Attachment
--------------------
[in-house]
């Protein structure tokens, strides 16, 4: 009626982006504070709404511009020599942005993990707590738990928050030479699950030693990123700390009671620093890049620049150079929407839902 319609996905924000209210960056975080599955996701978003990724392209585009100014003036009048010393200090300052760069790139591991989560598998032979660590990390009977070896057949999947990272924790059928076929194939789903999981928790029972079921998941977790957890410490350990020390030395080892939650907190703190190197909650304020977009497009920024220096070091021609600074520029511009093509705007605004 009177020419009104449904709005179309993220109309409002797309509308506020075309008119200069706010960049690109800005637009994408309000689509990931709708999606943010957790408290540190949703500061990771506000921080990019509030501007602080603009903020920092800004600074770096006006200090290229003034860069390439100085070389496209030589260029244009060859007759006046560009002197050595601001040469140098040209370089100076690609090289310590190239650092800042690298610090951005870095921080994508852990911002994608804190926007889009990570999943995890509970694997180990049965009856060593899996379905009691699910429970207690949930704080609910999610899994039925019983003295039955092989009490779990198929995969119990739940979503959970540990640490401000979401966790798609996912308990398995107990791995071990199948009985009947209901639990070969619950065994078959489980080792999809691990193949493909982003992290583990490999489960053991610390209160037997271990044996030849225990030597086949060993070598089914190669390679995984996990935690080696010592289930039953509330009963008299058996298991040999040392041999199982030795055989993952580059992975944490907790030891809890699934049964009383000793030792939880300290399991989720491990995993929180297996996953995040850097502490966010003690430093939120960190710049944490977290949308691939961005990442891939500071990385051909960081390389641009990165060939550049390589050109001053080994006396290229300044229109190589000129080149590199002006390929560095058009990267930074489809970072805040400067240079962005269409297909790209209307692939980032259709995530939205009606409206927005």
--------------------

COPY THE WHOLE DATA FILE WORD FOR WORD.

[in-house]
């Protein structure tokens, strides 16, 4: 009626982006504070709404511009020599942005993990707590738990928050030479699950030693990123700390009671620093890049620049150079929407839902 319609996905924000209210960056975080599955996701978003990724392209585009100014003036009048010393200090300052760069790139591991989560598998032979660590990390009977070896057949999947990272924790059928076929194939789903999981928790029972079921998941977790957890410490350990020390030395080892939650907190703190190197909650304020977009497009920024220096070091021609600074520029511009093509705007605004 009177020419009104449904709005179309993220109309409002797309509308506020075309008119200069706010960049690109800005637009994408309000689509990931709708999606943010957790408290540190949703500061990771506000921080990019509030501007602080603009903020920092800004600074770096006006200090290229003034860069390439100085070389496209030589260029244009060859007759006046560009002197050595601001040469140098040209370089100076690609090289310590190239650092800042690298610090951005870095921080994508852990911002994608804190926007889009990570999943995890509970694997180990049965009856060593899996379905009691699910429970207690949930704080609910999610899994039925019983003295039955092989009490779990198929995969119990739940979503959970540990640490401000979401966790798609996912308990398995107990791995071990199948009985009947209901639990070969619950065994078959489980080792999809691990193949493909982003992290583990490999489960053991610390209160037997271990044996030849225990030597086949060993070598089914190669390679995984996990935690080696010592289930039953509330009963008299058996298991040999040392041999199982030795055989993952580059992975944490907790030891809890699934049964009383000793030792939880300290399991989720491990995993929180297996996953995040850097502490966010003690430093939120960190710049944490977290949308691939961005990442891939500071990385051909960081390389641009990165060939550049390589050109001053080994006396290229300044229109190589000129080149590199002006390929560095058009990267930074489809970072805040400067240079962005269409297909790209209307692939980032259709995530939205009606409206927005």